Insect protein unlikely to be price competitive with soya until 2050

Entrepreneur James Wright, a former director at insect farming company Multibox, has told egg producers insect protein may not be price competitive with plant protein such as soya, until 2050.

Speaking at the British Free Range Egg Producers Association (BFREPA) conference, held on 15 October in Birmingham, Wright said insects were a big opportunity for companies looking to develop more “sustainable protein” for poultry feed. But he highlighted the many practical obstacles still in the way of making it a viable business.

Processed animal protein (PAP) was banned as livestock feed in the wake of the BSE crisis, but in 2017, the EU voted to reintroduce different forms of PAP into fish food and pet food. As of next year, insect feed will be allowed to be fed to poultry.

He said there was little prospect of UK consumers ever actually eating insects on any scale – “I can never see a chicken nugget becoming an insect nugget,” he said – but farming insects for livestock feed did present a big opportunity.

Three main areas need more development until this can be a practical option, said Wright: diet & husbandry, scalable automated mass rearing systems, and downstream processing.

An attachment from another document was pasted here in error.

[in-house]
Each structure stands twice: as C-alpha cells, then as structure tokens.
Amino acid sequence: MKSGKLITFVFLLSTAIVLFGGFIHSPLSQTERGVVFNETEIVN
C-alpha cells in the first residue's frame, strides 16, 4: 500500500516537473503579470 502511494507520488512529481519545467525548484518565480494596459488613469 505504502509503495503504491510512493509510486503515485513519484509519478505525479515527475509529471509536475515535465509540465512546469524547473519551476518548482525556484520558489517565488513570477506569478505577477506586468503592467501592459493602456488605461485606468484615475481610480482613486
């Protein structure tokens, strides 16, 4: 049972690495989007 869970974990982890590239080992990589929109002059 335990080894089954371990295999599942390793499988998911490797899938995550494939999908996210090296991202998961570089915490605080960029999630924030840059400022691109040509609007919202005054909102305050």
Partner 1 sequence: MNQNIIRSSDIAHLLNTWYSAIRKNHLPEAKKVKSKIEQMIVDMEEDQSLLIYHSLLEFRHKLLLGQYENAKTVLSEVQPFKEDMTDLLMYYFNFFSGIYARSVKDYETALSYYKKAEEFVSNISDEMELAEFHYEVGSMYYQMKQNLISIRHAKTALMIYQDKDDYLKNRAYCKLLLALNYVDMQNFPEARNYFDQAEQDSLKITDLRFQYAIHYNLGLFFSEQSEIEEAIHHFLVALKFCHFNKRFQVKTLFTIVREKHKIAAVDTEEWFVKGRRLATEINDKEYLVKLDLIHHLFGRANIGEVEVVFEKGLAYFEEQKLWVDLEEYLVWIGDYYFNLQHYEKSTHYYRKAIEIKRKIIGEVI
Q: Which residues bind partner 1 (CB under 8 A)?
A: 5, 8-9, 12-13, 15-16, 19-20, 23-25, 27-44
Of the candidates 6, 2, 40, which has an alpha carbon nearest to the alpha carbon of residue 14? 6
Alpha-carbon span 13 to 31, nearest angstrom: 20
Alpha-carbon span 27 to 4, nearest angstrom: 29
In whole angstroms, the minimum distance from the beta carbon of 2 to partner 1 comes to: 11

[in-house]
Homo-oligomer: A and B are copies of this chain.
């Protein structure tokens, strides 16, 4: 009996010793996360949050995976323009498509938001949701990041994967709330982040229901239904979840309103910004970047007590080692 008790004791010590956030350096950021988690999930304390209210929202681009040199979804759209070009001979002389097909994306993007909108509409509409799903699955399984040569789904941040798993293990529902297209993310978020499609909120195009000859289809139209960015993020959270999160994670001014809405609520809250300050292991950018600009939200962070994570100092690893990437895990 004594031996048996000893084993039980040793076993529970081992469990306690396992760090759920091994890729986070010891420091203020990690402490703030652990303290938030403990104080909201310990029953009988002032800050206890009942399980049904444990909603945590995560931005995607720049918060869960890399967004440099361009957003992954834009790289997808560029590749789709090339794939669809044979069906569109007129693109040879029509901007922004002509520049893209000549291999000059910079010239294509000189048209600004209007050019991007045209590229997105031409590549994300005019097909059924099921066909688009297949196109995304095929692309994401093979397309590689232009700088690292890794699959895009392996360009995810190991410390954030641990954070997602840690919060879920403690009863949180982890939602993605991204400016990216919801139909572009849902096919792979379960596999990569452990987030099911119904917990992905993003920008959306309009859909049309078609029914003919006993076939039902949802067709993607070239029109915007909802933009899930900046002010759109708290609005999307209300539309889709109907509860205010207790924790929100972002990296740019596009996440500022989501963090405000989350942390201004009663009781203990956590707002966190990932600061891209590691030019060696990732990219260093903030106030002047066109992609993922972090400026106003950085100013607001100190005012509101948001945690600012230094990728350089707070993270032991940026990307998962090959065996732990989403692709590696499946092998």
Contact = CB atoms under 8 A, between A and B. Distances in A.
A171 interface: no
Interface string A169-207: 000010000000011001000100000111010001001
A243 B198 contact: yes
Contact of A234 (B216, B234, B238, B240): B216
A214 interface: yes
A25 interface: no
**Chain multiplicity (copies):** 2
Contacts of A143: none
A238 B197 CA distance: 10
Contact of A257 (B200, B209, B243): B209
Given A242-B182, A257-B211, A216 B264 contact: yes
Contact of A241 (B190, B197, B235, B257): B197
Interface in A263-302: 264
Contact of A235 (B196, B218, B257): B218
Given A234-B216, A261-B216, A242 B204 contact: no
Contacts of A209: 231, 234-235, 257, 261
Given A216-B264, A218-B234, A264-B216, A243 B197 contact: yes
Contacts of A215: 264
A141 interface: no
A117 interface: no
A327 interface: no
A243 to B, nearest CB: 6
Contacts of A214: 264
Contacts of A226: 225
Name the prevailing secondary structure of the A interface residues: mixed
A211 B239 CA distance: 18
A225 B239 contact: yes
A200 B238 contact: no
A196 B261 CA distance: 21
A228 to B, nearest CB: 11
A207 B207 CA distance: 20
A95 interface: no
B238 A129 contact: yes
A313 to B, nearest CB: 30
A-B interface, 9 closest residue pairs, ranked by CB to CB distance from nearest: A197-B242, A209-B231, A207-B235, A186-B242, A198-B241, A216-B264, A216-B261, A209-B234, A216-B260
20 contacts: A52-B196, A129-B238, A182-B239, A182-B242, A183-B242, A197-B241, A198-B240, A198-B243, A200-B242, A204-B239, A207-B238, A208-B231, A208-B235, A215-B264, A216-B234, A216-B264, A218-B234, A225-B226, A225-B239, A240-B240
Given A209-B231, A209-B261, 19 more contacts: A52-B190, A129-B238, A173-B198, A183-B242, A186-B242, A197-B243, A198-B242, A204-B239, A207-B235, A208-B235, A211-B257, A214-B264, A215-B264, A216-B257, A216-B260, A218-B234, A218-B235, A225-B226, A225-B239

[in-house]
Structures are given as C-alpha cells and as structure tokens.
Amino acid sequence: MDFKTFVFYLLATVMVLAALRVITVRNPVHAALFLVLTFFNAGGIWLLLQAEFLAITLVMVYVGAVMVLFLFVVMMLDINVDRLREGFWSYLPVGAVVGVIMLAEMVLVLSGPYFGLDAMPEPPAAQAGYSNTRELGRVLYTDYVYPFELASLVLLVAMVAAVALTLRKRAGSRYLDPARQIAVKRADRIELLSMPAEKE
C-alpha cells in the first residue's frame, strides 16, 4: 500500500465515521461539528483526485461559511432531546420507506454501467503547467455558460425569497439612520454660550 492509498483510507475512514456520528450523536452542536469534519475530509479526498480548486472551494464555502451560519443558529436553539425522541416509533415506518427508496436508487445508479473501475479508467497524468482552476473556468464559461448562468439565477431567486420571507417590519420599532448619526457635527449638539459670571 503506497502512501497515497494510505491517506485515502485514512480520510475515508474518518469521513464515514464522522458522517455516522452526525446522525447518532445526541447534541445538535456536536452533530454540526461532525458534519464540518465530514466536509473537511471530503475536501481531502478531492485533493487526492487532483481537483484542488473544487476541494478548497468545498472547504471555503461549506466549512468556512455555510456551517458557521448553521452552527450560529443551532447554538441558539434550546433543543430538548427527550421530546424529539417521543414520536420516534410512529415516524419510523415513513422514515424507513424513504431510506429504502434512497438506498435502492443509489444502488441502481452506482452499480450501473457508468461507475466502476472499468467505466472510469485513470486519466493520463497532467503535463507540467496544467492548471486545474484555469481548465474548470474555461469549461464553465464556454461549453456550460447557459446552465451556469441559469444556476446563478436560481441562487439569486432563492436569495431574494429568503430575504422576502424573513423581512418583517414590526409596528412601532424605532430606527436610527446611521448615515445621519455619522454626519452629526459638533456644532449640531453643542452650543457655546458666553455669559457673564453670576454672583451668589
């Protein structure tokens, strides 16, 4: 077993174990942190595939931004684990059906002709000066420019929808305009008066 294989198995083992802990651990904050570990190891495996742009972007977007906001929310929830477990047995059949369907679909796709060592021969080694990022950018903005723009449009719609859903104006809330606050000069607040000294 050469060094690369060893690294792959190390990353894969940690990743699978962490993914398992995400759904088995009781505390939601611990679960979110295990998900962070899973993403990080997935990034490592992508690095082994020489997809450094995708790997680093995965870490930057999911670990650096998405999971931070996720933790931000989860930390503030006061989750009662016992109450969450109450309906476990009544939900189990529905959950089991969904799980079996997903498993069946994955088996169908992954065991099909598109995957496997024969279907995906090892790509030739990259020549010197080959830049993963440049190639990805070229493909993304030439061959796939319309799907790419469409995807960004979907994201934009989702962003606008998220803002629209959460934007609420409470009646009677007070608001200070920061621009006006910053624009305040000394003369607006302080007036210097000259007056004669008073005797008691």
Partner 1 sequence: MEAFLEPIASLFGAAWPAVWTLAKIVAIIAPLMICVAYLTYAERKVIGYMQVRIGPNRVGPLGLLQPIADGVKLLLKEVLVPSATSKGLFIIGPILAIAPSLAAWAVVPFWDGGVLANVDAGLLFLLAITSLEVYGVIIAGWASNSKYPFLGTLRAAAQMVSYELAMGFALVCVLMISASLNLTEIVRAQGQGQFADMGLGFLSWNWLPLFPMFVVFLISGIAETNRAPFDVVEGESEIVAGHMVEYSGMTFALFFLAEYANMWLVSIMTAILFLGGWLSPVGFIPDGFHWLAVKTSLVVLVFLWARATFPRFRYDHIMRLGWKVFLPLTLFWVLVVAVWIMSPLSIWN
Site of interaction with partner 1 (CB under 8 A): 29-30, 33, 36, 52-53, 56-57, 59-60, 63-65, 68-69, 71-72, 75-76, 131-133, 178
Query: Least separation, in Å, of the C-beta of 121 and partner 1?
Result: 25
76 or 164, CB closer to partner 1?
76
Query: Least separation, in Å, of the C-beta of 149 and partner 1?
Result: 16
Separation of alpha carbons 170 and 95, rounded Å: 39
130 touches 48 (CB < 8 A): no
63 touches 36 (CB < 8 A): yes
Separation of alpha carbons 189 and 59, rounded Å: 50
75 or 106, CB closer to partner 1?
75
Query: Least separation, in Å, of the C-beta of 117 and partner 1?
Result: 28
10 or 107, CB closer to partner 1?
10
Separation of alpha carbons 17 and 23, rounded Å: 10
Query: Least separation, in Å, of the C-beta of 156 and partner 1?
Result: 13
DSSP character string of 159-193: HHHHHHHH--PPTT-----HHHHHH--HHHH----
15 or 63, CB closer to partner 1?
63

The main species being farmed at the moment is black soldier fly, which has a 21-day incubation period from egg to fly and produces a 2% weekly harvest. Wright said the optimum harvest day was day 18, which produced the maximum fat and protein content, and was not yet in chrysalis form.

The first challenge to make it commercially viable is getting the right feedstock for the insects. Industrial food waste (not household) was a good option but finding feedstock available all year round was quite a challenge, he said. Cow manure would be excellent source of feed for insects, but it is not allowed by EU.

There are currently 50 companies around the world at the moment farming insects; 27 are in Europe. Wright said the most common feedstock was fruit & veg derived products, but around 30% developed their own feed for insects from feed mills.

The main problem at the moment is no-one is at scale. Significant amounts of money have been raised. In the past year, the insect farming sector has raised $480 million in past year and has produced 6,000 tonnes, which equates to $80,000 investment per tonne manufactured.

 “We raised £250,000 [at Multibox]but were only producing 400 kilos a week,” said Wright. “It is very difficult to see a route to economies of scale.”

There are other challenges too – such as how to deal with the vast quantity of frass (insect excrement) and NVQs. Cost of capital, labour, input material, and 130ppm ammonia are all other areas that need more consideration.

Wright said although it was an exciting area of development, it was possible all the challenges meant it could be 2050 until insect protein was price competitive with soya.

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